Dylan did not have a great deal of involvement in the filmmaking process beyond the script itself. When I decided to revisit this we had lunch as I of course wanted his permission to move forward and he was excited about the idea. The only involvement beyond that was a discussion of the use of the word “tranny” in the script. Becca had some concerns about offending people with that word and the film not making the same impact as a result. I spoke with Dylan about it, and he felt strongly that this is the word he would use in this context and that there is not another casual word to use in place of it. So we decided to leave it in. Beyond that I gave him updates along the way and then the first time he saw the film was at the premiere.
How thrilled were you to be an official entrant in multiple LGBTQ film festivals, both here and abroad?
It has been amazing and wonderful to screen at various film festivals, both in the U.S. and abroad. As a filmmaker you never know what sort of life your film will have after completion, and for me the more people can see it, the greater impact it can have. For me to make a film that can be embraced by the LGBT community is a dream.
Explain to our readers, if you would, how you came to make Dylan through the narrative documentary form? Had there been a particular documentary or documentaries that have had an influence on you to make you want to explore Dylan’s story in this way?
Honestly I don’t think there are any traditional documentaries that influenced me when making this film. I have been interested for a very long time in finding a way to bring together truthful storytelling with artistry, and finding a new format to tell a story. Probably my biggest influences in that arena are Louie and Curb Your Enthusiasm. I was also very impacted by The Jinx, although it came out after I finished Dylan. I began my directing career as a director for MTV in their promos department. That experience taught me to look for new and interesting formats, film styles and ways to tell a story in a very short time frame. Dylan was very unique though in that I had such a long time between writing and filming that I could visualize the entire film before we even began shooting.
How many people did you see for the title role? What did their auditions consist of?
Becca Blackwell was my only “audition” for the role and I would not even consider it a traditional audition. My dear friends at Capes Coaching connected me with Michael Cyril Creighton who I was initially thinking of for the role. He then recommended Becca, who had been on his show Jack In A Box. I spoke with Becca initially on the phone and immediately liked her. Becca and Dylan are both from the Midwest and there was a familiarity with linguistics, pacing and attitude that felt familiar to me. I watched some videos of Becca on YouTube and was blown away. We met and discussed the role further and I knew from their similar life experiences and Becca’s incredible acting chops that I had found my “Dylan.”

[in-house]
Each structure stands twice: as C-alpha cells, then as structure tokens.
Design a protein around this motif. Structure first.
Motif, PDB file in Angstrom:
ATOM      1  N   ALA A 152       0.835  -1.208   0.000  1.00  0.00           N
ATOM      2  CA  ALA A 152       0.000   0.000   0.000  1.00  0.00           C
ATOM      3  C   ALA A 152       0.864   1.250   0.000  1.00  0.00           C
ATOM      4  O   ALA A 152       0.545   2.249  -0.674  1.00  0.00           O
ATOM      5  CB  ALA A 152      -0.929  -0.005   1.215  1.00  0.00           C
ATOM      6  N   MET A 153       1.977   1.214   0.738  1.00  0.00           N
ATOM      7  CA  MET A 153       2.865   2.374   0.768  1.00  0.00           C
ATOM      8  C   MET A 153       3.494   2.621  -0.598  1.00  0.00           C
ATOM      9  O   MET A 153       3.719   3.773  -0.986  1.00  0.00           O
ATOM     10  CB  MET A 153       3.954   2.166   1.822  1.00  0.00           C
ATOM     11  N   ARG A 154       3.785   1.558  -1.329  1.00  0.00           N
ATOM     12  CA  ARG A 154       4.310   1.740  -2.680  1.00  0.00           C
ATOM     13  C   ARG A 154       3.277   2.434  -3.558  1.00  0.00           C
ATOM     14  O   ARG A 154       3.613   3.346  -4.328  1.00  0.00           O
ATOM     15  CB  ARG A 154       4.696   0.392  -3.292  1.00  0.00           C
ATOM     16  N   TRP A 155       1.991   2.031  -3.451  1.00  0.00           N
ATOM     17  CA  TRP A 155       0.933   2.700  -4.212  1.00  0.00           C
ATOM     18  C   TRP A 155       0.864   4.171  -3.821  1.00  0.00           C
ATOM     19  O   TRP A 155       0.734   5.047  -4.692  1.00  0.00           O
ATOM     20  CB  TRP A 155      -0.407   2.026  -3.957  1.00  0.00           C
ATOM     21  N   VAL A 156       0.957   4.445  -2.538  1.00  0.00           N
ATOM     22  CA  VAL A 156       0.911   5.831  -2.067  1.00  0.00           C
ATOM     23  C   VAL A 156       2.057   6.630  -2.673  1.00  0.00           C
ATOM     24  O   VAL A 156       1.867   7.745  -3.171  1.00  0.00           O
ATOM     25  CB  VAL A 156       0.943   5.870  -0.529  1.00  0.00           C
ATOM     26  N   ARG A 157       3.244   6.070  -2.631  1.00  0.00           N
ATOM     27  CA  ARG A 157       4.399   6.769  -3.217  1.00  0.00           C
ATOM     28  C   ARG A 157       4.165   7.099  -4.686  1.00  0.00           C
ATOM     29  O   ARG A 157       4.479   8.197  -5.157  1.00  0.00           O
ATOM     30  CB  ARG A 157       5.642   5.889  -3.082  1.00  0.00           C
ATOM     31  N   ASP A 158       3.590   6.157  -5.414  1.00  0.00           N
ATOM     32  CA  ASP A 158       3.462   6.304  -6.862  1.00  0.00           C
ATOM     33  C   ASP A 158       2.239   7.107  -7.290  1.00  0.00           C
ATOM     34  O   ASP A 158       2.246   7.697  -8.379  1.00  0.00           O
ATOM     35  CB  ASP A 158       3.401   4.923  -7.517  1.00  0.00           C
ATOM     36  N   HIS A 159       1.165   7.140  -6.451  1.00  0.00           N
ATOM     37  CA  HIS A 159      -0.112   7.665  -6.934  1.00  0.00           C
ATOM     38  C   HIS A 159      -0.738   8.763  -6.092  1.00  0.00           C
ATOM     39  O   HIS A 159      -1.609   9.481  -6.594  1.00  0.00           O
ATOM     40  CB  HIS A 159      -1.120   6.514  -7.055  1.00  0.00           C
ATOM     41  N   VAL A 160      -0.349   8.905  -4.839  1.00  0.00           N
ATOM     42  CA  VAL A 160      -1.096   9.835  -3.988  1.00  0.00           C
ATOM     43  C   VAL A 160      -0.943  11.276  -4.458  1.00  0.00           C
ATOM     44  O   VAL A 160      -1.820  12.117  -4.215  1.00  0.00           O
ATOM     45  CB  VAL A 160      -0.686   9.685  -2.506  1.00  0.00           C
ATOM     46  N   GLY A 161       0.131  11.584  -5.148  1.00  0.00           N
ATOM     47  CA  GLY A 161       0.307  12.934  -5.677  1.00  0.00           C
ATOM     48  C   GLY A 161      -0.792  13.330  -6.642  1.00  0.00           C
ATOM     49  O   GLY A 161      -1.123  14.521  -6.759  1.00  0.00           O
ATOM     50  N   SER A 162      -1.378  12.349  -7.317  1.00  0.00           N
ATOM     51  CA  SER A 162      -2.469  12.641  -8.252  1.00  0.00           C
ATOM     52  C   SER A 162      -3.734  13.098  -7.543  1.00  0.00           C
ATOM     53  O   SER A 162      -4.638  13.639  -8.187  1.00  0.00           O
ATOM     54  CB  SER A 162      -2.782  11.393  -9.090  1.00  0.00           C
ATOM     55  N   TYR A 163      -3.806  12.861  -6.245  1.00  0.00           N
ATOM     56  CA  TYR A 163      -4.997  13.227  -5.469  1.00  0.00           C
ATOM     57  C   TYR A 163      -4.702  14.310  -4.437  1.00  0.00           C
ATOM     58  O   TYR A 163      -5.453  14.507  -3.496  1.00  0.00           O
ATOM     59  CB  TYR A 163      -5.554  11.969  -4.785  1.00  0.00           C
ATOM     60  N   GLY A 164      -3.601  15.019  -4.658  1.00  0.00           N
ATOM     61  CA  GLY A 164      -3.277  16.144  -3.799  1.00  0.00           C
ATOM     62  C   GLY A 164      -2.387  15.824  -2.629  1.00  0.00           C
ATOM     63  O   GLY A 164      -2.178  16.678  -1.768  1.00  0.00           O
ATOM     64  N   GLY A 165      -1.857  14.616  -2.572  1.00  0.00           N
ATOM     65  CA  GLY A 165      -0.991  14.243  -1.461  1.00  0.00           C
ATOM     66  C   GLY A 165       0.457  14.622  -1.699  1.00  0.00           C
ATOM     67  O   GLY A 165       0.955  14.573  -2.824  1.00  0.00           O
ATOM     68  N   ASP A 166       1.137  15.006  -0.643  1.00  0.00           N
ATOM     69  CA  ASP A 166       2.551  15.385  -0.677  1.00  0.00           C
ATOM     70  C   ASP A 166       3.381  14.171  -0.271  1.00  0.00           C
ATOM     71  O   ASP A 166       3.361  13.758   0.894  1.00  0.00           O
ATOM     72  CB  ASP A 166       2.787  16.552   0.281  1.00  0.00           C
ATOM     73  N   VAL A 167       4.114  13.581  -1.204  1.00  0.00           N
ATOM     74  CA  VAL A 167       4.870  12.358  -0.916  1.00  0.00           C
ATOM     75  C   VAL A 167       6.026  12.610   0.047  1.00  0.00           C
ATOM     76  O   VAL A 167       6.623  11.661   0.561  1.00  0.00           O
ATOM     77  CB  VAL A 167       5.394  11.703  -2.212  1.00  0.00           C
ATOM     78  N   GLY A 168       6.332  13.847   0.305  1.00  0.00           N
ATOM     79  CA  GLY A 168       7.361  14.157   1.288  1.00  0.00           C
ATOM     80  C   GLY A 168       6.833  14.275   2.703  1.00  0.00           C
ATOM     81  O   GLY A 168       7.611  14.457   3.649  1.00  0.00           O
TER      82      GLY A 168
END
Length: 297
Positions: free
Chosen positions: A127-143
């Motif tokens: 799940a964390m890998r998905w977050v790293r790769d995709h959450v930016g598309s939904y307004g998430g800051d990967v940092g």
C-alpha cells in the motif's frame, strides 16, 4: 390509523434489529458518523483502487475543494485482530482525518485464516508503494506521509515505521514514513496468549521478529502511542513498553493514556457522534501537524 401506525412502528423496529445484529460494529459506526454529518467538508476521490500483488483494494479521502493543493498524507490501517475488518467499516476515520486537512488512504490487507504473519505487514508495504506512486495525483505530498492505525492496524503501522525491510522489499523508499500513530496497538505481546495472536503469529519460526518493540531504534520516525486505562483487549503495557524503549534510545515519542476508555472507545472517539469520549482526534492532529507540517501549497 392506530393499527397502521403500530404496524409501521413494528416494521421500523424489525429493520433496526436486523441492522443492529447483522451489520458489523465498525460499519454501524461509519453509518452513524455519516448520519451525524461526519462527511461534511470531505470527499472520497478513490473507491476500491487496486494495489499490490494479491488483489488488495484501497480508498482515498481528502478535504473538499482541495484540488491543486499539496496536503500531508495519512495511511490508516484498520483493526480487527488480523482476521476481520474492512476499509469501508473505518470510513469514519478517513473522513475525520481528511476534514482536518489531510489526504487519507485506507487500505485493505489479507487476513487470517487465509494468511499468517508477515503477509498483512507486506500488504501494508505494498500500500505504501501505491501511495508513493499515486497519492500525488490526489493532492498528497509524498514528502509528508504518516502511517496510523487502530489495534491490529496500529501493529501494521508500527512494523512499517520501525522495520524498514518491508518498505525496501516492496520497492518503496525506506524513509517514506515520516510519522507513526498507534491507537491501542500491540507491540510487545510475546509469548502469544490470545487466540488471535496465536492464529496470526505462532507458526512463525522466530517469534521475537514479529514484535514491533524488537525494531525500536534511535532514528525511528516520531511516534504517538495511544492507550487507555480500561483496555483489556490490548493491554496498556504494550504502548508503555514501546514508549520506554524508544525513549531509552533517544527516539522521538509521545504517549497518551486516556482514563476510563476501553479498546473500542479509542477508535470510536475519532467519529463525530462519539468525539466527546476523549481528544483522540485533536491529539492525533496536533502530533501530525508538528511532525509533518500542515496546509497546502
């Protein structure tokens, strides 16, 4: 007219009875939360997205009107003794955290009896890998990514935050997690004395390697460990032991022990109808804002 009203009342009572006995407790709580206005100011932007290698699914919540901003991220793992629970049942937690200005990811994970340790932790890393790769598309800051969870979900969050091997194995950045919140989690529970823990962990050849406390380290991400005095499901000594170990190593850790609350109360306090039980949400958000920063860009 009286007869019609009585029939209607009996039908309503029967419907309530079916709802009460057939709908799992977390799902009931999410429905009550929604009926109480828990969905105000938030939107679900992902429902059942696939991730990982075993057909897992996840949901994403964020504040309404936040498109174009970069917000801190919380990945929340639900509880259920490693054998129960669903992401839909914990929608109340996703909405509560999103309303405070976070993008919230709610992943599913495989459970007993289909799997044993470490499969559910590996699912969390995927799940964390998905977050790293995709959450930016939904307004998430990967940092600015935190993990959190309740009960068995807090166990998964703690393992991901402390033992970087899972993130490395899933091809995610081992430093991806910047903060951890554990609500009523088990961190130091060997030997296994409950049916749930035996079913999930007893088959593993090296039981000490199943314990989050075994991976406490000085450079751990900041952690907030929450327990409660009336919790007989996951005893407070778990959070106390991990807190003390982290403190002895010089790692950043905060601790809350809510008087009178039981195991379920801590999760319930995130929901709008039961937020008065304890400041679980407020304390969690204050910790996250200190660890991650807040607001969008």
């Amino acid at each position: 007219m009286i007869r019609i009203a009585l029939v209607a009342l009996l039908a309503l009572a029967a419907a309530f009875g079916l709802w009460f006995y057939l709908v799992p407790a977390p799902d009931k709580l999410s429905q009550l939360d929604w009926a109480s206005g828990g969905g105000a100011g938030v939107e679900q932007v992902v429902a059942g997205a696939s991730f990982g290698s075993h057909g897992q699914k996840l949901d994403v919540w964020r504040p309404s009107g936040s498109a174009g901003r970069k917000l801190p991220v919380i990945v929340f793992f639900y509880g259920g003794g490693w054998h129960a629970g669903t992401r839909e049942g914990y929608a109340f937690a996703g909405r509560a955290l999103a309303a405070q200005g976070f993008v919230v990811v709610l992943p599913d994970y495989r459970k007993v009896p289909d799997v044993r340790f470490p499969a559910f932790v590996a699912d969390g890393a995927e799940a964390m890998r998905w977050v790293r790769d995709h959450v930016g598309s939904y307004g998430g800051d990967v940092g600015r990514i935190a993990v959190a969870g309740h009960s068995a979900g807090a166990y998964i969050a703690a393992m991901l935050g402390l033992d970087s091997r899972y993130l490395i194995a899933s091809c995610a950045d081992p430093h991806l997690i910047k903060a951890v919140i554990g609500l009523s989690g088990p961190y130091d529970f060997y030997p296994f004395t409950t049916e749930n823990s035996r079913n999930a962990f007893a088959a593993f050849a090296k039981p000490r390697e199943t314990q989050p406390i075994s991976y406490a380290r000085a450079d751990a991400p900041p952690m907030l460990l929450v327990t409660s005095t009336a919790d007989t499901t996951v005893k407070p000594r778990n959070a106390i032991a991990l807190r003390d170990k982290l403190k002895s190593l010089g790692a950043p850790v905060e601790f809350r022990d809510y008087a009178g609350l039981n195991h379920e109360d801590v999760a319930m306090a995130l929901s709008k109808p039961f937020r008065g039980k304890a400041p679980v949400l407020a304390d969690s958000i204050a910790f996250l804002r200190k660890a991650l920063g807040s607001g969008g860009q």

Outside of your own, very personal, relationship with Dylan, how active have you been in the LGBTQ community? In what ways?
Oh goodness! I hope that my work can make an impact in the LGBT community. I recently directed and produced a music video for a wonderful singer/songwriter Alyssa Robbins called Chasing Summer, which premiered on AfterEllen a few weeks ago. I am hoping to do some screenings of Dylan at youth LGBT shelters nationwide. I have been working with the promos team at LOGO this past year, which has been wonderful.
Many trans youth face seemingly insurmountable odds growing up, facing discrimination not only from the broader public but within the LGBTQ community. What words of encouragement can you offer them?
I think and hope that the tides are beginning to turn when it comes to the public’s perception and understanding of what it means to be transgender. Progress is looming in the near future but it is not here yet. I would love to say to trans youth that being your truest self is the best thing you will ever do. There are communities of people who will support you and guidance you can seek but you are not alone in this. Understanding and acknowledging your identity is a major achievement and one that you should be proud of. And all of the hard work that you go through to live that life will be worth it in the end.